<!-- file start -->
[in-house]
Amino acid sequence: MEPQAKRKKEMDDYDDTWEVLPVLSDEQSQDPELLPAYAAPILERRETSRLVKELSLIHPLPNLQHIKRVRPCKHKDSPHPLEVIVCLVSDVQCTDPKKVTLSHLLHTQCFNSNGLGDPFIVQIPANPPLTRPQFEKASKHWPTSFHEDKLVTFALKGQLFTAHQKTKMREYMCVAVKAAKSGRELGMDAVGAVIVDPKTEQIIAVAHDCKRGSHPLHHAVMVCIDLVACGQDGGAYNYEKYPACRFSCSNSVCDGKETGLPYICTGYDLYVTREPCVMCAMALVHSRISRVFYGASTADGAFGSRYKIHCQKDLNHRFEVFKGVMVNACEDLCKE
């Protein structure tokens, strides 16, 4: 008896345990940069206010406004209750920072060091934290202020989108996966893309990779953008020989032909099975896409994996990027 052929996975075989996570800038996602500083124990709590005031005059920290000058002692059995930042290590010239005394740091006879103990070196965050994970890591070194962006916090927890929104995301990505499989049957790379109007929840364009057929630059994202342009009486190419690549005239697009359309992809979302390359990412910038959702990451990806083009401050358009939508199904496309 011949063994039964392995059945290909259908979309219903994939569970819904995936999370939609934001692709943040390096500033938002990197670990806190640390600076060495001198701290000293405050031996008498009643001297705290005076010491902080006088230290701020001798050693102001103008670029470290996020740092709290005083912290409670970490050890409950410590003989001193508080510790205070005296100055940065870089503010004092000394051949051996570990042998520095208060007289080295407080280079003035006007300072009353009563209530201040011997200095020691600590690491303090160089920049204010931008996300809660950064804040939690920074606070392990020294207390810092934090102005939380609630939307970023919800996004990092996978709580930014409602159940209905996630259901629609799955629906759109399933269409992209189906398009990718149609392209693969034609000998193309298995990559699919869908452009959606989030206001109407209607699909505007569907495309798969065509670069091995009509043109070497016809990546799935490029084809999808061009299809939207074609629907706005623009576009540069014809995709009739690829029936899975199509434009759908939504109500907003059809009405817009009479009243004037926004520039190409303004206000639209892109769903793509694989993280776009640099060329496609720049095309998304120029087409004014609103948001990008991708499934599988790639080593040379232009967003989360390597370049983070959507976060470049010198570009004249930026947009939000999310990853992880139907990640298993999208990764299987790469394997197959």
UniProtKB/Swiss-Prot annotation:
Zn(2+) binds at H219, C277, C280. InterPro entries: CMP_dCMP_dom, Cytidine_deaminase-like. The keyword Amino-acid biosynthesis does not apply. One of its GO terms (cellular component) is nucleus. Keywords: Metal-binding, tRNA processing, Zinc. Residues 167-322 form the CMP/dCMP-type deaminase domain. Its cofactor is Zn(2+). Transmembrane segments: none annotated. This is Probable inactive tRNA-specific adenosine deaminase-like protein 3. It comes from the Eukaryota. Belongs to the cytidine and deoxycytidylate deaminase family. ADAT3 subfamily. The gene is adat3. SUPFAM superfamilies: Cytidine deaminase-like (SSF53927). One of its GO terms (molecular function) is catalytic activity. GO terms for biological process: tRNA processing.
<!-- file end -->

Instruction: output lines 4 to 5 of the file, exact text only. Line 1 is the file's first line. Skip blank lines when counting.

UniProtKB/Swiss-Prot annotation:
Zn(2+) binds at H219, C277, C280. InterPro entries: CMP_dCMP_dom, Cytidine_deaminase-like. The keyword Amino-acid biosynthesis does not apply. One of its GO terms (cellular component) is nucleus. Keywords: Metal-binding, tRNA processing, Zinc. Residues 167-322 form the CMP/dCMP-type deaminase domain. Its cofactor is Zn(2+). Transmembrane segments: none annotated. This is Probable inactive tRNA-specific adenosine deaminase-like protein 3. It comes from the Eukaryota. Belongs to the cytidine and deoxycytidylate deaminase family. ADAT3 subfamily. The gene is adat3. SUPFAM superfamilies: Cytidine deaminase-like (SSF53927). One of its GO terms (molecular function) is catalytic activity. GO terms for biological process: tRNA processing.